Winning 2024 Dorner Prize Projects Reflect on RISD Museum’s History and Practices

installation view of winning concept on outside of Radeke Building

“The RISD Museum’s Radeke Building exhibits classical and colonial aesthetics that reflected the museum’s mission and identity when it was built in 1926,” says Furniture Design major and Brown|RISD Dual Degree student Naya Lee Chang BRDD 24 FD. “Nearly 100 years later, Bricked Over Windows updates that aesthetic to reflect the museum’s current goal of representing diverse cultures and communities across race and ethnicity.”

Chang is discussing her Dorner Prize-winning project, which was on view at the RISD Museum through Commencement weekend. It is one of two proposals to win the 2024 Dorner Prize, the other being soft presence, hard absence by Sculpture grad student Linda Sok MFA 25 SC. Both site-specific interventions respond to the museum’s historical and contemporary contexts, collections and/or architectural idiosyncrasies, as laid out in the Dorner Prize Competition rules.

Established in 1995, the Dorner Prize is awarded annually to RISD undergraduate and graduate students. Last year’s prizes went to grad student Claudia Peck MLA 25 (Passive Pollination) and Interior Architecture students Priyata Bosamia MDes 23 and Shivani Pinapotu MDes 23 (unheard voices).

Bricked Over Windows updates the museum’s aesthetic to reflect its current goal of representing diverse cultures and communities across race and ethnicity.”

Dorner Prize winner Naya Chang
Chang works with museum installation professionals outside of the Radeke Building on large scaffolding
Naya Lee Chang works with RISD Museum staff to install her Dorner Prize-winning project.

“As a lifelong art and museum nerd, I considered it an honor and a pleasure to review this year’s incredible Dorner Prize proposals,” says juror Hillel O’Leary 11 IL, an assistant professor in RISD’s Industrial Design department. “Seeing the ways that students are reimagining museum spaces and practices has helped to revitalize the idea that museums can and should be sites for critical discourse that not only inspire, but also challenge us.”

O’Leary shared jurying responsibilities with RISD Museum Nancy Elizabeth Prophet Curatorial Assistant Gabrielle Walker, who describes the submissions as “dynamic” and appreciates their wide use of materials and techniques in conversation with the museum’s galleries and exteriors. “Both of this year’s winners proposed unique designs that will serve as great conversation starters for museum visitors,” she adds.

Before even entering the museum on the Benefit Street side, visitors encounter the two new window frames Chang created, one inspired by Islamic brick architecture and the other by Buddhist temples in Bagan, Myanmar built between 1100 and 1300 AD. The first employs a four-centered arch, geometric patterns and glazed tiles, and the second a flaming pediment detail over a wall featuring a tiered structure.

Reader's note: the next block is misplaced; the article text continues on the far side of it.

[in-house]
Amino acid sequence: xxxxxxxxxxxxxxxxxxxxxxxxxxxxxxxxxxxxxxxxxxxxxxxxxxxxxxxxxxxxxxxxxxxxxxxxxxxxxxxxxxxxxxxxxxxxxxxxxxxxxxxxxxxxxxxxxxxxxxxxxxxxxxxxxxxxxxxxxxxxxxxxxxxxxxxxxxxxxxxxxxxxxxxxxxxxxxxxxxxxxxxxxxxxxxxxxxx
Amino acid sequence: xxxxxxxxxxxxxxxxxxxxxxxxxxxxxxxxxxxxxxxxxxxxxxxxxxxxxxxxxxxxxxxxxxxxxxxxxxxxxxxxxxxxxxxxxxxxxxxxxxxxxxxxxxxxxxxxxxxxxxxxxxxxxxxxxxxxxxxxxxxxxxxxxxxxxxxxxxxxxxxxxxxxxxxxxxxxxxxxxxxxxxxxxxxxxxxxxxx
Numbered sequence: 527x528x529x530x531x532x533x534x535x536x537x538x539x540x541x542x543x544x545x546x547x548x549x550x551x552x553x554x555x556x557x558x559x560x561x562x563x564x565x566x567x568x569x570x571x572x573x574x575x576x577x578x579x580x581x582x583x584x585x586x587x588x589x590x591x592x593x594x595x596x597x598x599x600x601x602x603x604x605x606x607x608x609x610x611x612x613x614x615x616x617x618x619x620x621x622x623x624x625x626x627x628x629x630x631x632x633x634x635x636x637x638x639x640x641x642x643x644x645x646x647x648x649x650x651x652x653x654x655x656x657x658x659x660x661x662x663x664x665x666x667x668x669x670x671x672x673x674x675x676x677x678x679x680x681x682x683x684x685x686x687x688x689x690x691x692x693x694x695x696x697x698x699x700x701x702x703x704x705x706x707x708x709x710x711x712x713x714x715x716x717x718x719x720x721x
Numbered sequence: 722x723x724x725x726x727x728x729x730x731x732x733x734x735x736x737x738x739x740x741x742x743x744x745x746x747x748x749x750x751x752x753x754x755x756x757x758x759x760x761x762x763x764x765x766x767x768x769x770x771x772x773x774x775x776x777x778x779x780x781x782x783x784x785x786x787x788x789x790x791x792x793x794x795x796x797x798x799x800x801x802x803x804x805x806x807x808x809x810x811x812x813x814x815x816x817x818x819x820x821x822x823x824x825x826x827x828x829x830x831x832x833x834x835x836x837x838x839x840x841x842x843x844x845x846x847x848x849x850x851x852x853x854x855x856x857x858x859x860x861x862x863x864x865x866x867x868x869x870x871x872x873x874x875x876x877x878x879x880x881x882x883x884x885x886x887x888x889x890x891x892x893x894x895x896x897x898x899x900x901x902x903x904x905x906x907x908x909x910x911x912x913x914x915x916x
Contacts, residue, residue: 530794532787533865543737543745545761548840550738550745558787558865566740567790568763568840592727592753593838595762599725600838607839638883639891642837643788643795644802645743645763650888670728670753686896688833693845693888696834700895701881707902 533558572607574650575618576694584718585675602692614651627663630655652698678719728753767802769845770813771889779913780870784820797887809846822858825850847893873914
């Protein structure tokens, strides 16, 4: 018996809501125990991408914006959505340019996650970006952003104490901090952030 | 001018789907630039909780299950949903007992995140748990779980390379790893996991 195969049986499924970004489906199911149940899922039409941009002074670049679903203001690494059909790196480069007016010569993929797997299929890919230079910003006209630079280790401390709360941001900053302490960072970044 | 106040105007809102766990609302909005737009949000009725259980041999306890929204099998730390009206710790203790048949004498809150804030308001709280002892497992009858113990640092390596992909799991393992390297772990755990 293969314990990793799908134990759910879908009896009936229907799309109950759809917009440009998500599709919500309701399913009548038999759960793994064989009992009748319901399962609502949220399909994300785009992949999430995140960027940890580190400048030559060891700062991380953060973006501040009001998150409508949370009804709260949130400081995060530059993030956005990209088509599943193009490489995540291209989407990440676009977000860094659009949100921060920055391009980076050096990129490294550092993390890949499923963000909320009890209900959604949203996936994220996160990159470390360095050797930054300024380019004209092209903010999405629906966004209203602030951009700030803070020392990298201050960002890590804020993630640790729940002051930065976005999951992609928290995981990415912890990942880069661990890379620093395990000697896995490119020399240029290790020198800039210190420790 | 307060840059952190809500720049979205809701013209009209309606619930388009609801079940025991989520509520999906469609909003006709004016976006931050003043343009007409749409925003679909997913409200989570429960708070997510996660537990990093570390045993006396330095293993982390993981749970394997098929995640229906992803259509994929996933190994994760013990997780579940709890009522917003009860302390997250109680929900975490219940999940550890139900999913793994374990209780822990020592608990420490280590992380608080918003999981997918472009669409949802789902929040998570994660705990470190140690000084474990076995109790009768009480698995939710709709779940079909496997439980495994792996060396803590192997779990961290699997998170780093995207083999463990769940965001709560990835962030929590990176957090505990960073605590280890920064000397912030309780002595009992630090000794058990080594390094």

“Providence is crowded with brick buildings that reference Greco-Roman heritage and industrial history,” says Chang, “but around the world, brickwork exists in myriad distinctive forms. Humans have been making and using bricks for over 10,000 years, and they remain a highly sustainable building material, as they are produced efficiently from abundant natural resources.”

Linda Sok installs her piece in the Chace Center lobby
Dorner Prize-winning installation by Linda Sok showing threads and fabrics forming an abstract wall hanging
Dorner Prize winner Linda Sok installs her piece, soft presence, hard absence, in the Chace Center lobby.

On the other side of the museum, in the lobby of the Chace Center, visitors will encounter the second winning installation, by Sok: soft presence, hard absence. The project attempts to make works of art not currently on display in the museum more accessible to students and other visitors.

“The idea emerged when I had difficulty accessing objects from my Cambodian culture that are owned by the RISD Museum,” Sok recalls. Her project focuses on reproductions of the objects themselves as well as accompanying documents, such as letters of correspondence, provenance, research papers and condition and treatment reports. Sok’s goal is to bring the museum’s largely invisible processes and practices into the open.

“The threads wrap around museum paperwork and objects in an attempt to unravel their hidden stories, making them real and tangible once more.”

Dorner Prize Winner Linda Sok

She envisioned an alternative to current systems that offers a structure in which museum curators can display objects and accompanying information using soft fabrics and silk threads that drape from the ceiling to the floor. The variations in the fabrics’ opacity, Sok explains, “speak to the layers of structure that work to care for museum objects and the flaws that can exist in such structures.”

“The threads wrap around museum paperwork and objects in an attempt to unravel their hidden stories,” she adds, “making them real and tangible once more.”

Simone Solondz / images courtesy RISD Museum
June 3, 2024

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